email page print pageAll Topic Reviews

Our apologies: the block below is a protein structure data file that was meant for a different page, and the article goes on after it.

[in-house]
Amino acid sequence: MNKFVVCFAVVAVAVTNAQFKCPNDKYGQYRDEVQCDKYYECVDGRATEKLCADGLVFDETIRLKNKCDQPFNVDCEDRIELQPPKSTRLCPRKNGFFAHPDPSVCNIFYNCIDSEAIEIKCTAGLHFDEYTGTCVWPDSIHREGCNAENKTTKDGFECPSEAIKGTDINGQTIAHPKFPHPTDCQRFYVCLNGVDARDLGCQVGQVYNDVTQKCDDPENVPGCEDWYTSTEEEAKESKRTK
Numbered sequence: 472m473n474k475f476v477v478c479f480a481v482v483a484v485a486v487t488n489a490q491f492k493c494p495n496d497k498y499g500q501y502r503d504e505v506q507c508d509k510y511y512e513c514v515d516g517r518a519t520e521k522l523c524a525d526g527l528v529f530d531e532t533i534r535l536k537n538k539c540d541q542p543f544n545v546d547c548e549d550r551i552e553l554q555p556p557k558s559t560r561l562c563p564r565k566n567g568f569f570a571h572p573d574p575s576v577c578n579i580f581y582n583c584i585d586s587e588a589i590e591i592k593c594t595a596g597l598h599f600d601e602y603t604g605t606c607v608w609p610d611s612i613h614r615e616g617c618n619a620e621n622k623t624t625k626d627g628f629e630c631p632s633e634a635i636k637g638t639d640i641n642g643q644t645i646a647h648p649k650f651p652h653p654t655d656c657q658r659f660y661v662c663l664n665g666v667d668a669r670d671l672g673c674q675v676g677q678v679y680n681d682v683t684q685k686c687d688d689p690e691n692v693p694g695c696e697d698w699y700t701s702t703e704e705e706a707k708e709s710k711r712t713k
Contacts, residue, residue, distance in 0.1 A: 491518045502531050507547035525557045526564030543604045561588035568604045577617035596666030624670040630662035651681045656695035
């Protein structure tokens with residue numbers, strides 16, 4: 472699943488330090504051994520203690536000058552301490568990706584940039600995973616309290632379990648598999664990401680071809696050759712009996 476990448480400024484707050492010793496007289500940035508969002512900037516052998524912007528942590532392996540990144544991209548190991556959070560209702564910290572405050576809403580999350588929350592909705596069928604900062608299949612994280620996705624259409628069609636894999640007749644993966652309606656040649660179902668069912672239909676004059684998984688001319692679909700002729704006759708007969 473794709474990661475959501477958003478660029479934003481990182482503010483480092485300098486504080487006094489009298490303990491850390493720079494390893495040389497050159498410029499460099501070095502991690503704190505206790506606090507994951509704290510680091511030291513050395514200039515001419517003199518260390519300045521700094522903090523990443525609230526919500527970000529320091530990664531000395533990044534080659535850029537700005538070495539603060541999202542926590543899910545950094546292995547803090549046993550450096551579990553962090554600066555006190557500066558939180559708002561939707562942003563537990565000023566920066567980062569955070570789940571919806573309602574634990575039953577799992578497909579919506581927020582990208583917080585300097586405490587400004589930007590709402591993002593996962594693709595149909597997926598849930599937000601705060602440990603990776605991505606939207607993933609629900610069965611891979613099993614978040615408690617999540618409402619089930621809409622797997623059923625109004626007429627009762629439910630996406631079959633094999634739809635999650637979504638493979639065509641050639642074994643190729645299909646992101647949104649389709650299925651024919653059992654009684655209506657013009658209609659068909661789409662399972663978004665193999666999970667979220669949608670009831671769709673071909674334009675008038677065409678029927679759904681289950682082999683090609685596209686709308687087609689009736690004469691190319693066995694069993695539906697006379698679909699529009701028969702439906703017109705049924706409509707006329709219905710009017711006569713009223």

A Theory of Feelings Addictions Memory and the Self"Intimate" Violence against Women1001 Solution-Focused Questions101 Healing Stories101 Things I Wish I'd Known When I Started Using Hypnosis50 Great Myths of Popular Psychology50 Reasons People Give for Believing in a God8 Keys to Body Brain BalanceA Brief History of Modern PsychologyA Conceptual History of PsychologyA Conceptual History of Psychology: Exploring the Tangled Web A Cooperative SpeciesA Guide to Teaching Introductory PsychologyA History of Modern Experimental PsychologyA History of Psychology in AutobiographyA History of Social PsychologyA History of the BrainA History of the MindA Hole in the HeadA Matter of SecurityA Mind of Its OwnA Natural History of Human ThinkingA Place for ConsciousnessA Short Introduction to Promoting Resilience in ChildrenA Social History of PsychologyA Stroll With William JamesA System Architecture Approach to the BrainA Theory of FreedomA Very Bad WizardAbductedAbout FacesAccounts of InnocenceAction, Emotion and WillAdapting MindsADHD & MeADHD in AdultsAdieu to GodAdolescence and Body ImageAdult Bipolar DisordersAdvances in Culture and PsychologyAdvances in Identity Theory and ResearchAffect Regulation, Mentalization, and the Development of SelfAffective MappingAgainst EmpathyAgainst HappinessAges and StagesAll Joy and No FunAll Out!All We Have to FearAlterations of ConsciousnessAmerican Psychiatric Publishing Textbook of Neuropsychiatry and Clinical NeurosciencesAn Argument for MindAncient Bodies, Modern LivesAnimal Tool BehaviorAnimals in TranslationAnomalous CognitionAping MankindArtificial ConsciousnessAspects of PsychologismAsperger Syndrome and Your ChildAsperger Syndrome, Adolescence, and IdentityAssessment and Treatment of Childhood Problems, Second EditionAssisted Suicide and the Right to DieAttachedAttention is Cognitive UnisonAutism and the Myth of the Person AloneAutopsy of a Suicidal MindBecoming an Effective PsychotherapistBehavingBehavioral Genetics in the Postgenomic EraBeing No OneBelievingBetween Two WorldsBeyond AppearanceBeyond BlueBeyond BullyingBeyond MadnessBeyond the BrainBeyond the DSM StoryBig DreamsBiofeedback for the BrainBipolar ChildrenBipolar DisorderBipolar KidsBlackwell Handbook of Childhood Cognitive DevelopmentBlind SpotsBlindsight & The Nature of ConsciousnessBlubberlandBlushBodiesBody ConsciousnessBody Image, Eating Disorders, and Obesity in YouthBody SenseBody WorkBorderline Personality DisorderBorderline Personality Disorder and the Conversational ModelBorn DigitalBorn to Be GoodBorn Together - Reared ApartBounceBoundaries in Human RelationshipsBounded RationalityBozo SapiensBrain and CultureBrain and the GazeBrain Arousal and Information TheoryBrain BugsBrain Change TherapyBrain Circuitry and Signaling in PsychiatryBrain FictionBrain, Mind, and Human Behavior in Contemporary Cognitive ScienceBrain-Based Therapy with AdultsBrain-WiseBrainstormBrainstormingBraintrustBrainwashingBrandedBreaking Murphy's LawBright-SidedBuddha's BrainBullying and TeasingBuyologyCaptureCare of the PsycheCartesian LinguisticsCartographies of the MindCerebrum 2007Cerebrum 2010Cerebrum 2015Cerebrum Anthology 2013Changing the SubjectCharacter Strengths and VirtuesCheating LessonsChild and Adolescent Psychological DisordersChildren’s Dreaming and the Development of Consciousness Chomsky NotebookClinical Psychiatry in Imperial GermanyClinical Psychology in Practice ClosureCognition and PerceptionCognition and the BrainCognitive BiologyCognitive DissonanceCognitive FictionsCognitive Mechanisms of Belief ChangeCognitive PragmaticsCognitive ScienceCognitive ScienceCognitive Systems and the Extended MindCognitive Therapy of Anxiety DisordersCognitive Unconscious and Human RationalityCold-Blooded KindnessComing of Age in Second LifeCommunication Issues In Autism And Asperger SyndromeCompassion and Healing in Medicine and SocietyComplementary and Alternative Therapies ResearchComprehending ColumbineConfessions of a SociopathConquering Shame and CodependencyConsciousnessConsciousnessConsciousnessConsciousnessConsciousnessConsciousness ConsciousnessConsciousness and Its Place in NatureConsciousness and LanguageConsciousness and Mental LifeConsciousness and MindConsciousness and the NovelConsciousness and the Social BrainConsciousness EmergingConsciousness RecoveredConsciousness RevisitedConsciousness, Self-Consciousness, and the Science of Being HumanContemporary Debates in Cognitive ScienceConversations on ConsciousnessConviction of the InnocentCooperation and Its EvolutionCreating a Life of Meaning and CompassionCredit and BlameCritical New Perspectives on Attention Deficit/Hyperactivity DisorderCritical PsychologyCritical Thinking About PsychologyCross-Cultural PsychologyCrowdsourcingCrueltyCultural Assessment in Clinical PsychiatryCuriousDamasio's Error and Descartes' TruthDangerous and Severe Personality DisorderDaniel DennettDaughters of MadnessDeafness In MindDeath and ConsciousnessDeath of a ParentDecomposing the WillDeep Brain StimulationDeep ChinaDefining DifferenceDefining Psychopathology in the 21st CenturyDelusion and Self-DeceptionDelusions of GenderDennett and Ricoeur on the Narrative SelfDeparting from DevianceDescartes' BabyDescartes's Changing MindDescribing Inner Experience?Desert Islands and Other Texts (1953-1974)Destructive EmotionsDevelopment of Geocentric Spatial Language and CognitionDevelopment of PsychopathologyDialogues on DifferenceDid My Neurons Make Me Do It?Digital HemlockDirty MindsDisgust and Its DisordersDisorders of VolitionDo Apes Read Minds?Do Fish Feel Pain?Does Consciousness Cause Behavior?Doing without ConceptsDrunk Tank PinkEducating People to Be Emotionally IntelligentEffective IntentionsEffective Writing in PsychologyEffortless AttentionEmbodied Minds in ActionEmbracing MindEmbracing UncertaintyEmotion and ConsciousnessEmotion ExperienceEmotion RegulationEmotion, Evolution, And RationalityEmotional IntelligenceEmotionally InvolvedEmotionsEmotionsEmotions and LifeEmotions in Humans and ArtifactsEmotions RevealedEmotions, Aggression, and Morality in ChildrenEmotions, Stress, and HealthEmpathyEnjoymentErotic MoralityEscape Your Own PrisonEssays in Social NeuroscienceEssential Sources in the Scientific Study of ConsciousnessEthical Issues in Forensic Mental Health ResearchEthically Challenged ProfessionsEveryday Mind ReadingEvidence for PsiEvidence-Based Mental Health PracticeEvil MenEvolution and Human BehaviorEvolution and LearningEvolution, Games, and GodEvolution, Gender, and RapeEvolutionary Psychology and ViolenceEvolutionary Psychology as Maladapted PsychologyExacting BeautyExperiences of DepressionExperimenterExplaining the BrainExplaining the BrainExplorations in Neuroscience, Psychology and ReligionExploring TranssexualismExpression and the InnerExtending Self-Esteem ResearchExtraordinary BeliefsFact and Value in EmotionFaking ItFatigue as a Window to the BrainFavorite Activities for the Teaching of PsychologyFeeling GoodFeeling Pain and Being in PainFeelings and EmotionsFinding Meaning, Facing FearsFitting In Is OverratedFlourishingFlow: The Psychology of Optimal ExperienceFolk Psychological NarrativesFooling HoudiniForever YoungFormulation in Psychology and PsychotherapyFoucault, Psychology and the Analytics of PowerFoundational Issues in Human Brain MappingFoundations of Psychological ThoughtFree Will as an Open Scientific ProblemFreedom And NeurobiologyFreedom EvolvesFrom Axons to IdentityFrom Madness to Mental HealthFrom Neurons to Self-ConsciousnessFrom Passions to EmotionsFrom Philosophy to PsychotherapyFrom Symptom to SynapseFrontiers of ConsciousnessGay, Straight, and the Reason WhyGenerosityGenes, Environment, and PsychopathologyGenetic Nature/CultureGeniusGetting Under the SkinGlued to GamesGoing SaneGot Parts?Group GeniusGrowing Up GirlGuilt, Shame, and AnxietyGut ReactionsHallucinationHandbook New Sexuality StudiesHandbook of Closeness and IntimacyHandbook of Critical PsychologyHandbook of Emotion RegulationHandbook of EmotionsHandbook of Personality DisordersHandbook of PsychopathyHandbook of Self and IdentityHandbook of Self and IdentityHandbook of Spatial CognitionHappinessHappinessHappinessHappinessHappiness at WorkHappiness Is.Happy at LastHard to GetHardwired BehaviorHatredHealing the SplitHidden ResourcesHope and DespairHot ThoughtHot ThoughtHouse and PsychologyHow Animals Affect UsHow Animals GrieveHow Can the Human Mind Occur in the Physical Universe?How Doctors ThinkHow Enlightenment Changes Your BrainHow Families Still MatterHow History Made the MindHow Infants Know MindsHow Many Friends Does One Person Need?How Professors ThinkHow The Body Shapes The MindHow the Body Shapes the Way We ThinkHow the Mind Explains BehaviorHow the Mind Uses the BrainHow to Change Someone You LoveHow We ReasonHow We RememberHughes' Outline of Modern PsychiatryHumanHuman BondingHuman Reasoning and Cognitive ScienceHypnotismHysteriaiBrainIdentifying Hyperactive ChildrenIdentifying the MindiDisorderImagination and the Meaningful BrainImitation and the Social MindImpulse Control DisordersImpulsivityIn an Unspoken VoiceIn Defense of SentimentalityIn DoubtIn Search of HappinessIn the Wake of 9/11Individual and Collective Memory ConsolidationInner Experience and NeuroscienceInner PresenceInside the American CoupleIntegrated Behavioral Health CareIntegrating Evolution and DevelopmentIntegrating Psychotherapy and PharmacotherapyIntegrity and the Fragile SelfIntellectual DisabilityIntelligenceIntelligence, Destiny, and EducationIntentions and IntentionalityInterdependent MindsInterpreting MindsInto the Minds of MadmenIntoxicating MindsIntrospection VindicatedIntuitionInventing PersonalityInvestigating the Psychological WorldIrrationalityIs There Anything Good About Men?Issues for Families, Schools and CommunitiesJane Sexes It UpJoint AttentionJoint AttentionJudgment and Decision MakingJust a DogJust BabiesJuvenile-Onset SchizophreniaKarl JaspersKey Thinkers in PsychologyKidding OurselvesKids of CharacterKilling MonstersLack of CharacterLanguage OriginsLanguage, Consciousness, CultureLanguage, Vision, and MusicLaw, Mind and BrainLess Than HumanLet Kids Be KidsLet's Talk About DeathLiving NarrativeLiving with Mild Cognitive ImpairmentLonelinessLooking for SpinozaLossLOT 2Love at Goon ParkMachine ConsciousnessMacrocognitionMade for Each OtherMadnessMaking a Good Brain GreatMaking Habits, Breaking HabitsMaking Minds and MadnessMaking Up the MindMale SexualityMan and WomanMan's Search for MeaningMan, Beast, and ZombieManic MindsManlinessMapping the MindMarking the MindMarvelous Learning AnimalMasculinity Studies and Feminist TheoryMeaningMeaning, Mortality, and ChoiceMedical MusesMeditating SelflesslyMeetings with a Remarkable ManMemoryMemory and DreamsMemory and EmotionMemory And UnderstandingMental BiologyMental IllnessMental Time TravelMetacognitionMetacognition and Theory of MindMethods in MindMindMindMind and BrainMind and ConsciousnessMind Games:Mind in LifeMind TimeMind to MindMind, Brain and the Elusive SoulMindful AngerMindfulnessMindfulness and AcceptanceMindfulness-Based Treatment Approaches: Clinician's Guide to Evidence Base and ApplicationsMinding AnimalsMinding MindsMindreadersMindreading AnimalsMinds, Brains, and LawMindsightMindworldsMirrors in the BrainMistakes Were Made (But Not by Me)Models of MadnessMoodMoral Development and RealityMoral MindsMoral Psychology, Volume 1Moral Psychology, Volume 2Moral Psychology, Volume 3Mothers and OthersMotivation and Cognitive ControlMotivational Interviewing: Preparing People For ChangeMovies and the MindMulticulturalism and the Therapeutic ProcessMultiplicityMuses, Madmen, and ProphetsMy Family AlbumMyths about SuicideNarrative IdentitiesNarrative PsychiatryNarratives in PsychiatryNaturalizing Intention in ActionNature and NarrativeNature Via NurtureNeither Bad nor MadNerveNeurobiology and the Development of Human MoralityNeurochemistry of ConsciousnessNeurodiversityNeuroethicsNeuroLogicNeurological Foundations of Cognitive Neuroscience Neuroscience and PhilosophyNo Child Left DifferentNo Two AlikeNot By Genes AloneNot Much Just Chillin'Not So Abnormal PsychologyNurturing the Older Brain and MindOn AnxietyOn Being HumanOn Being MovedOn Deep History and the BrainOn DesireOn KillingOn Nature and LanguageOn PaedophiliaOn PersonalityOn the Frontier of AdulthoodOn the Origins of Cognitive ScienceOn The Stigma Of Mental IllnessOnflowOpen MindsOpening Skinner's BoxOrigin of MindOrigins of PsychopathologyOther MindsOut of Our HeadsOut of the WoodsOvercoming Depersonalization DisorderPanpsychism and the Religious AttitudePanpsychism in the WestParenting and the Child's WorldPassionate EnginesPathologies of the WestPatient-Based Approaches to Cognitive NeurosciencePediatric PsychopharmacologyPeople Types and Tiger StripesPerception & CognitionPerception beyond InferencePerception, Hallucination, and IllusionPersonal Development and Clinical PsychologyPerspectives on ImitationPhantoms in the BrainPhenomenal Concepts and Phenomenal KnowledgePhenomenology and Philosophy of MindPhilosophical Foundations of NeurosciencePhilosophical MidwiferyPhilosophy and HappinessPhilosophy of PsychologyPhilosophy, Neuroscience and ConsciousnessPhrenologyPhysical RealizationPhysics in MindPieces of LightPlaying with FirePositive PsychologyPositive PsychologyPostcards from the Brain MuseumPostpsychiatryPosttraumatic Stress DisorderPoverty and Brain Development During ChildhoodPractical Ethics for PsychologistsPractical Management of Personality DisorderPractical Management of Personality DisorderPredicative MindsPredictably IrrationalPreference, Belief, and SimilarityPrenatal Testosterone in MindPrivileged AccessProcrastinationProust Was a NeuroscientistPsychiatric SlaveryPsychiatry as Cognitive NeurosciencePsychiatry, Psychoanalysis, And The New Biology Of MindPsychological AgencyPsychological Concepts and Biological PsychiatryPsychological Dimensions of the SelfPsychologists Defying the CrowdPsychologyPsychologyPsychology and Consumer CulturePsychology and LawPsychology and the Question of AgencyPsychology for ScreenwritersPsychology of Women: A Handbook of Issues and TheoriesPsychology's GhostsPsychology's Interpretive TurnPsychology's TerritoriesPsychopathologyPsychopathyPsychosis and EmotionPsychotherapy, American Culture, and Social PolicyPutnam CampPutting a Name to ItQuantum Memory PowerQuietRadical DistortionRadical Embodied Cognitive ScienceRadical ExternalismRadical GraceRapeRe-Visioning PsychiatryReal MaterialismReality CheckReconstructing Reason and RepresentationReconstructing the Cognitive WorldRecovery in Mental IllnessRecreative MindsRedirectReducing Adolescent RiskRegulating EmotionsRelational BeingRelational Mental HealthRelational Suicide AssessmentReliability in Cognitive NeuroscienceRemembering HomeRemembering Our ChildhoodResearch Advances in Genetics and GenomicsResearching Children's ExperienceResilience in ChildrenRestoring ResilienceRethinking ADHDRethinking Learning DisabilitiesRethinking Middle YearsRethinking the Western Understanding of the SelfRevolution in PsychologyRoadmap to ResilienceRomance and Sex in Adolescence and Emerging AdulthoodSchizophrenia RevealedSchizophrenia, Culture, and SubjectivityScience and Pseudoscience in Clinical PsychologyScience and Pseudoscience in Clinical PsychologySecond NatureSecond NatureSecond That EmotionSecond-order Change in PsychotherapySecrets of the MindSee What I'm SayingSee What I'm SayingSeeing and VisualizingSeeing RedSelf and SocietySelf Comes to MindSelf Control in Society, Mind, and BrainSelf-Awareness Deficits in Psychiatric PatientsSelf-CompassionSelf-RegulationSelf-Representational Approaches to ConsciousnessSelfless InsightSelvesSerial KillersSex at DawnSex on the BrainSex, Time and PowerSexual Coercion in Primates and HumansSexual DisordersSexual FluiditySexual ReckoningsSexualized BrainsShame and GuiltShatteredSimulating MindsSisyphus's BoulderSNAPSocial NeuroscienceSocial NeuroscienceSocial NeuroscienceSocial Psychology and DiscourseSome We Love, Some We Hate, Some We EatSoul DustSparkSpiral of EntrapmentSplendors and Miseries of the BrainSports Hypnosis in PracticeStanding at Water's EdgeStich and His CriticsStillpowerStop OverreactingStructure and Agency in Everyday LifeStructures of AgencyStuffStumbling on HappinessSubjectivity and SelfhoodSubstance Abuse and EmotionSupersizing the MindSweet DreamsSynaptic SelfTales from Both Sides of the BrainTalking Oneself SoberTalking to BabiesTaming the Troublesome ChildTargeting AutismTeaching Problems and the Problems of TeachingTeleological RealismTen Years of Viewing from WithinThat's DisgustingThe 5 Elements of Effective ThinkingThe Accidental MindThe Age of EmpathyThe Altruism EquationThe Altruistic BrainThe American Psychiatric Publishing Textbook of Clinical PsychiatryThe Anatomy of BiasThe Anxious BrainThe Archaeology of MindThe Art and Science of MindfulnessThe Art InstinctThe Art of HypnosisThe Asymmetrical BrainThe Bifurcation of the SelfThe Big Book of ConceptsThe Big DisconnectThe Birth of IntersubjectivityThe Birth of the MindThe Blackwell Handbook of Organizational Learning and Knowledge ManagementThe Blank SlateThe Body Has a Mind of Its OwnThe Bounds of CognitionThe Boy Who Was Raised as a DogThe BrainThe Brain and the Meaning of LifeThe Brain SupremacyThe Brain That Changes ItselfThe Brain's Way of HealingThe Brain: Big Bangs, Behaviors, and BeliefsThe Cambridge Handbook of Cognitive ScienceThe Cambridge Handbook of Situated CognitionThe Character of ConsciousnessThe Chemistry Between UsThe Choice EffectThe Clinical Science of Suicide PreventionThe Cognitive Approach to Conscious MachinesThe Cognitive Behavioral Workbook for Anxiety: A Step-By-Step ProgramThe Cognitive NeurosciencesThe Cognitive-Emotional BrainThe College Fear FactorThe Commercialization of Intimate LifeThe Compass of PleasureThe Concepts of ConsciousnessThe Conscious BrainThe Conscious SelfThe Consuming InstinctThe Creating BrainThe Creative BrainThe Crucible of ConsciousnessThe Crucible of ExperienceThe Cure WithinThe Dao of NeuroscienceThe Developing MindThe Developing MindThe Development of PsychopathologyThe Disappearance of the Social in American Social PsychologyThe Dissolution of MindThe Duty to ProtectThe Educated ParentThe Ego TunnelThe Elephant in the RoomThe Embodied Mind: Cognitive Science and Human ExperienceThe Emotional Journey of the Alzheimer's FamilyThe Encultured BrainThe Encyclopedia of StupidityThe Enduring Self in People with Alzheimer'sThe Epidemiology of SchizophreniaThe Essential DifferenceThe Ethical BrainThe Evolution of ChildhoodThe Evolution of CooperationThe Evolution of LanguageThe Evolution of MindThe Evolving BrainThe Executive BrainThe Faces of TerrorismThe Feeling BrainThe Feeling of What HappensThe First IdeaThe Folly of FoolsThe Folly of FoolsThe Folly of FoolsThe Foundations of Cognitive ArchaeologyThe Fundamentalist MindsetThe GapThe Gender TrapThe Geography of BlissThe Gift of ShynessThe Good LifeThe Good LifeThe Happiness HypothesisThe Happiness of PursuitThe Health Psychology HandbookThe Healthy Aging BrainThe High Price of MaterialismThe History of PsychologyThe Human FaceThe Human SparkThe Hypomanic EdgeThe Imagery DebateThe Immeasurable MindThe Imprinted BrainThe Incredible Shrinking MindThe Innate MindThe Innate MindThe Integrated SelfThe Intentional BrainThe Language of ThoughtThe Languages of the BrainThe Lexicon of Adlerian PsychologyThe Lie DetectorsThe Lives of the BrainThe Lonely AmericanThe Lust for BloodThe Madness of WomenThe Male BrainThe Man Who Lost His LanguageThe Man Who Shocked the WorldThe Man Who Tasted ShapesThe Man Who Wasn't ThereThe Matter of the MindThe Mature MindThe Mean Girl MotiveThe Meaning of EvilThe Meaning of OthersThe Meaning of the BodyThe Measure of MadnessThe Measure of MindThe Medicalization of Everyday LifeThe Mind and the BrainThe Mind in ContextThe Mind of the ChildThe Mind of the HorseThe Mind's EyeThe Mind, the Body and the WorldThe Mind-Gut ConnectionThe Mindful BrainThe Misleading MindThe Moral MindThe Most Dangerous AnimalThe Most Human HumanThe Mother FactorThe Myth of ChoiceThe Myth of Depression as DiseaseThe Myth of Mirror NeuronsThe Myth of Self HelpThe Myth of Self-EsteemThe Myth of the Spoiled ChildThe Nature of the SelfThe Necessity Of MadnessThe Neuro RevolutionThe Neuropsychology of the UnconsciousThe Neuroscience of Human RelationshipsThe Neuroscience of PsychotherapyThe Neuroscience of Psychotherapy: Healing the Social BrainThe New BrainThe New Science of DreamingThe New Science of the MindThe New UnconsciousThe Normal PersonalityThe Origins of FairnessThe Overflowing BrainThe Oxford Companion to the MindThe Oxford Handbook of Philosophy of MindThe Paradoxical PrimateThe Perfectionist's HandbookThe Peripheral MindThe Phenomenology ReaderThe Philosopher's Secret FireThe Philosophical BabyThe Political MindThe Politics of HappinessThe Positive Side of Negative EmotionsThe Postnational SelfThe Postpartum EffectThe Power of PlayThe Praeger Handbook of TranssexualityThe Present Moment in Psychotherapy and Everyday LifeThe Primate MindThe Prism of GrammarThe Psychobiology of Trauma and Resilience Across the LifespanThe Psychological Construction of EmotionThe Psychology of Good and EvilThe Psychology of Good and EvilThe Psychology of HappinessThe Psychology of LifestyleThe Psychology of Religious FundamentalismThe Psychology of Science and the Origins of the Scientific MindThe Psychology of Science and the Origins of the Scientific MindThe Psychology of SpiritualityThe Psychology of StereotypingThe Psychology of SuperheroesThe Psychophysiology of Self-AwarenessThe Pursuit of PerfectThe Quest for Mental HealthThe Rational ImaginationThe Ravenous BrainThe Reasons of LoveThe Righteous MindThe Routledge Companion to Philosophy of PsychologyThe Routledge Companion to Philosophy of PsychologyThe Science of EvilThe Science of Intimate RelationshipsThe Science of Shame and its Treatment The Second SelfThe Secret History of EmotionThe Secret Lives of BoysThe Self and Its EmotionsThe Self-Sabotage CycleThe Sensitive SelfThe Shape of ThoughtThe Social AnimalThe Social Nature of Mental IllnessThe Social Neuroscience of EmpathyThe Social Psychology of Good and EvilThe Social Psychology of MoralityThe Social Psychology of MoralityThe Story of Intellectual DisabilityThe Structure of ThinkingThe Survivors ClubThe Talking ApeThe Teenage BrainThe Tell-Tale BrainThe Temperamental ThreadThe Tender CutThe Tending InstinctThe Time ParadoxThe Trauma MythThe Trauma of Psychological TortureThe Trauma of Psychological TortureThe True PathThe Truth About GriefThe Turing TestThe Uncertain SciencesThe Unhappy ChildThe Upside of IrrationalityThe War for Children's MindsThe Well-Tuned BrainThe Wild Girl, Natural Man, and the MonsterThe Winner's BrainThe Wisdom in FeelingThe Woman RacketThe World in My Mind, My Mind in the WorldThe Wow ClimaxThe Yipping TigerThemes, Issues and Debates in PsychologyTheoretical Issues in Psychology: An IntroductionTheory of AddictionTheory of MindThings and PlacesThink CatThink Confident, Be ConfidentThinking about AddictionThinking and SeeingThis Emotional Life: In Search of Ourselves...and HappinessThought and LanguageThought in a Hostile WorldTo Have and To Hurt:Toward an Evolutionary Biology of LanguageToward Replacement Parts for the BrainTrauma and Human ExistenceTrauma, Tragedy, TherapyTreating Attachment DisordersTreating Self-InjuryTreating Self-Injury: A Practical GuideTrue to Our FeelingsTrusting the Subject?Understanding and Treating Borderline Personality DisorderUnderstanding ConsciousnessUnderstanding ParanoiaUnderstanding PeopleUnderstanding TerrorismUndoing Perpetual StressUnlock the Genius WithinUnsettled MindsUnstrange MindsUnthinkingUs and ThemViolent PartnersVirtue, Vice, and PersonalityVision and MindVisual AgnosiaWarrior's DishonourWe Who Are DarkWednesday Is Indigo BlueWelcome to Your BrainWhat Do Women Want?What Dying People WantWhat Have We DoneWhat Intelligence Tests MissWhat Is an Emotion: Classic and Contemporary ReadingsWhat Is Emotion?What is Intelligence?What Is Mental Illness?What Is Thought?What Makes Your Brain Happy and Why You Should Do the Opposite What the Best College Students DoWhat the Dog SawWhat We Know about Emotional IntelligenceWhat We Say MattersWhat's Wrong With Morality?When Boys Become BoysWhen Perfect Isn't Good EnoughWhen the Impossible HappensWhen Walls Become DoorwaysWho's Been Sleeping in Your HeadWho's in Charge?Why Humans Like to CryWhy Love MattersWhy Lyrics LastWhy People CooperateWhy People Die by SuicideWhy Sex Matters: A Darwinian Look at Human BehaviorWhy Smart People Can Be So StupidWhy the Mind is Not a ComputerWhy Us?Why We LieWhy We LoveWider than the SkyWilliam James at the BoundariesWilling, Wanting, WaitingWittgenstein And PsychologyWomen and Child Sexual AbuseWorking MindsYoga and PsychologyYou Are What You RememberYoung Minds in Social WorldsYour Brain on CubsYour Brain on FoodYour Brain on Food: How Chemicals Control Your Thoughts and Feelings,Your Brain on YogaYour Child in the BalanceZombies and Consciousness